The hoard, dubbed the Harpole Treasure, is believed to be one of the most significant and richest discoveries in the United Kingdom.
The Vistry Group house builders commissioned a search of the area before beginning construction at the site. There, on the final day of excavations, archaeologists discovered a grave, which they believe to be female, though only fragments of tooth enamel remain. The burial would have taken place between 630–70 CE.
Among the finds was an extravagant 30-piece necklace with a number of pendants made of gold Roman coins, as well as semi-precious stones and decorated glass pendants set in gold. A large rectangular pendant made of red garnets and gold with a cross motif would have been the centerpiece.
Additionally, a large cross was found and is still being excavated, along with unusual silver casts of a human face with blue glass eyes. Archaeologists believe that the size of the cross suggests that the woman may have been an early Christian leader.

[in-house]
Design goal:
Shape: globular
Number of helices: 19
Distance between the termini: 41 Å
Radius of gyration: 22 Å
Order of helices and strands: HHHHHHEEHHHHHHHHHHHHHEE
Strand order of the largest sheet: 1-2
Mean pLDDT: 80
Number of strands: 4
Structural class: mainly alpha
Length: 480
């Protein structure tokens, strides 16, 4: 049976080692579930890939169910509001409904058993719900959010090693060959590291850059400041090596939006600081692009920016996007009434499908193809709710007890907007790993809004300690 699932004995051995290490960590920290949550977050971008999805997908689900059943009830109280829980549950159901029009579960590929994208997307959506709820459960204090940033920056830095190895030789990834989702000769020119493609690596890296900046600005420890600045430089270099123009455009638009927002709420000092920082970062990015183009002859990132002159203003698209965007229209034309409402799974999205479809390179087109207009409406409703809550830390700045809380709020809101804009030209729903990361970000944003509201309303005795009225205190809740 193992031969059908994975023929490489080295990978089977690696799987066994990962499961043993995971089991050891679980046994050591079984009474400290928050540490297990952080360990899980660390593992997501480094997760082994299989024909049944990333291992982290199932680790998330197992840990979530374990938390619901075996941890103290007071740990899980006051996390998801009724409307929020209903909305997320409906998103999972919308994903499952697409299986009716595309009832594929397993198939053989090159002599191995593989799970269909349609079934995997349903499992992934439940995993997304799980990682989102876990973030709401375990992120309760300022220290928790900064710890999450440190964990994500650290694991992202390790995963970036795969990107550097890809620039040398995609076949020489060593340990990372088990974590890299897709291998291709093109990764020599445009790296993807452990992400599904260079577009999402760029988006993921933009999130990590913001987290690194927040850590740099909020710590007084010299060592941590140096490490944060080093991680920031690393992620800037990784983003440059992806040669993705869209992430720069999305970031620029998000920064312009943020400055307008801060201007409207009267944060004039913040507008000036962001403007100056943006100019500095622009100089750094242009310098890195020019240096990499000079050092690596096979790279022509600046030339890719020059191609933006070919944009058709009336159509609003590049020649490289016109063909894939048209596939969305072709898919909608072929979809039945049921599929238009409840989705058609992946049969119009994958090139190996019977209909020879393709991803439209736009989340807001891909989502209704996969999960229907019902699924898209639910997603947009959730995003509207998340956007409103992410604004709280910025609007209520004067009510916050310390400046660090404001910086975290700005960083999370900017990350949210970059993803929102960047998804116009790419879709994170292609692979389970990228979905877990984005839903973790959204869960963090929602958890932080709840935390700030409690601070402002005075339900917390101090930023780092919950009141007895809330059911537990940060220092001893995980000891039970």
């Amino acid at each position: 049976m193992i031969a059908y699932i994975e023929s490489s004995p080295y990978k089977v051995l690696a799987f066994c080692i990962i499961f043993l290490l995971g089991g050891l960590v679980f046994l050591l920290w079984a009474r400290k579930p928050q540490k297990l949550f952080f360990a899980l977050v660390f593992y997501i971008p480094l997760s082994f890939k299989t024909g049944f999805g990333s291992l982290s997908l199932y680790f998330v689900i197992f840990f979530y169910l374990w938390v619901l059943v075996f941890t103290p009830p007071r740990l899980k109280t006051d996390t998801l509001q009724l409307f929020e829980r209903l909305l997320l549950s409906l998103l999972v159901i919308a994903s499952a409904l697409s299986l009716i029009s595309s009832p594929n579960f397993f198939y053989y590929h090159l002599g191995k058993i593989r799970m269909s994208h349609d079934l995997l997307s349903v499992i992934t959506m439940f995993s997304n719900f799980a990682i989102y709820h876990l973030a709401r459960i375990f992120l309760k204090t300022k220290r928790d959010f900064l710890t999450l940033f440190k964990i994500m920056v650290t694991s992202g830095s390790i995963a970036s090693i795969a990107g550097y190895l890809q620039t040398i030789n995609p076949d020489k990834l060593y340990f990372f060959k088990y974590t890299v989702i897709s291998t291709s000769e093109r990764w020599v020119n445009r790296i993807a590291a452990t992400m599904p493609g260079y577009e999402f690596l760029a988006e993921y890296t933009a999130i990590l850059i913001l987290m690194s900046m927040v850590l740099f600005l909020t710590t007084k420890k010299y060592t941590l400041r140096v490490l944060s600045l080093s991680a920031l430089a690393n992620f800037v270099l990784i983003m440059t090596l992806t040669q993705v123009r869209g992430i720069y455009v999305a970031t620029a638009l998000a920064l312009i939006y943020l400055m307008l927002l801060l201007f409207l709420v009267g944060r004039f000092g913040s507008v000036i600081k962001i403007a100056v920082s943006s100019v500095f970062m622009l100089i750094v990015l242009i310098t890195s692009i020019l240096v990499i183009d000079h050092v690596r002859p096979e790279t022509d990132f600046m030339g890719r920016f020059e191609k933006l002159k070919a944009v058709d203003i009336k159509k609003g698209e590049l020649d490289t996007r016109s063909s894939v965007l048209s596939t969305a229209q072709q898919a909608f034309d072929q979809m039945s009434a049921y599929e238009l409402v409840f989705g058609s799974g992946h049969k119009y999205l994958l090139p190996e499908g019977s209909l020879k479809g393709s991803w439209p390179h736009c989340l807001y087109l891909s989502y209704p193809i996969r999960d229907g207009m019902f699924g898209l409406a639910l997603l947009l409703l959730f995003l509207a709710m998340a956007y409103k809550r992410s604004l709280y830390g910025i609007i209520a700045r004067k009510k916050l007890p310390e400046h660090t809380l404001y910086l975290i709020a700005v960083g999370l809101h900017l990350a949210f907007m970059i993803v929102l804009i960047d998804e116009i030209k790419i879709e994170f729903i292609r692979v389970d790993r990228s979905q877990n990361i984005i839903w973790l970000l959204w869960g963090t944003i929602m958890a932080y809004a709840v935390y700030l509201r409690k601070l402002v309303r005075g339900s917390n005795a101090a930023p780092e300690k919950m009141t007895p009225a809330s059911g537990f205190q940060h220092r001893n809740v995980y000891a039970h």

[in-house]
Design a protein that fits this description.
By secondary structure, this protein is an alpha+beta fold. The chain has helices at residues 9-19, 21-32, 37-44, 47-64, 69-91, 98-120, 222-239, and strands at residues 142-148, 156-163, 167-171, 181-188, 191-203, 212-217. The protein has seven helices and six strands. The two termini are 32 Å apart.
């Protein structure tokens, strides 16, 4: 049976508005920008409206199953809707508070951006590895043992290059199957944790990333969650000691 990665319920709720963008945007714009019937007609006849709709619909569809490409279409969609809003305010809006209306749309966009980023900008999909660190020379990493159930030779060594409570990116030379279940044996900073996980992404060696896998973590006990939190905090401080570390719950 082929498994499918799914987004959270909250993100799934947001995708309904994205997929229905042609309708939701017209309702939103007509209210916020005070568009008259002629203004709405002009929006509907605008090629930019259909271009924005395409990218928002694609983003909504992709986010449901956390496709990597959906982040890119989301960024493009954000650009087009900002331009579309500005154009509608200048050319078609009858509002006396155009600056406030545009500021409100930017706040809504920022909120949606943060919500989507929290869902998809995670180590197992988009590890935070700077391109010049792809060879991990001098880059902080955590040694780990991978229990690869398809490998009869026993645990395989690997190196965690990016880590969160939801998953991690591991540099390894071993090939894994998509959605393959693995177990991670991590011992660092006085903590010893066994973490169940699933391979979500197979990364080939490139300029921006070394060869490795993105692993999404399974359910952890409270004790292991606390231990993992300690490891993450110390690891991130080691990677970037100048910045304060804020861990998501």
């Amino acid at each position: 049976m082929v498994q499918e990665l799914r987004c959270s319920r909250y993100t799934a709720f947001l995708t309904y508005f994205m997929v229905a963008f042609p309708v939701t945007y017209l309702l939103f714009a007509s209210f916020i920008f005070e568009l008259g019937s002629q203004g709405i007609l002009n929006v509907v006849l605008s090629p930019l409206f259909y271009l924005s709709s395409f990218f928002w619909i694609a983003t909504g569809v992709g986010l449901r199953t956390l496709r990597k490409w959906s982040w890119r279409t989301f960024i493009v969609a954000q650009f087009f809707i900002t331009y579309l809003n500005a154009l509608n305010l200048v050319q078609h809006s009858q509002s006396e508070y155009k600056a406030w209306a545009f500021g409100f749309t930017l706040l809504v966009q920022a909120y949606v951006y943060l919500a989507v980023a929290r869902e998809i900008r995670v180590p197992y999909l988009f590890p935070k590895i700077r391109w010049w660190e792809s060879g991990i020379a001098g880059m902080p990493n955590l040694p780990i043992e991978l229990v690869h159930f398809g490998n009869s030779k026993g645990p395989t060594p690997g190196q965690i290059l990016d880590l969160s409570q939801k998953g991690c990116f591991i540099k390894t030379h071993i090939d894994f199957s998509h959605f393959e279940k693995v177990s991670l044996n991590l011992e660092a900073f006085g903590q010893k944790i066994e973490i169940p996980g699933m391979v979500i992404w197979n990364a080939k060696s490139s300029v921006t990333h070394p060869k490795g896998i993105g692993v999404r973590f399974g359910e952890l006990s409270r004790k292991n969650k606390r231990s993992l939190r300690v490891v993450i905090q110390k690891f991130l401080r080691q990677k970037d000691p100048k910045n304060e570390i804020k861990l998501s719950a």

“When the first glints of gold started to emerge from the soil we knew this was something significant, said site supervisor Levente-Bence Balázs in the release. “However, we didn’t quite realise how special this was going to be.”
Together, these finds comprise one of the richest discoveries of its kind ever uncovered in Britain and offers a glimpse into the unparalleled craftsmanship of the early Medieval period.
The team plans to further identify the surviving organic material and study the cross and necklace.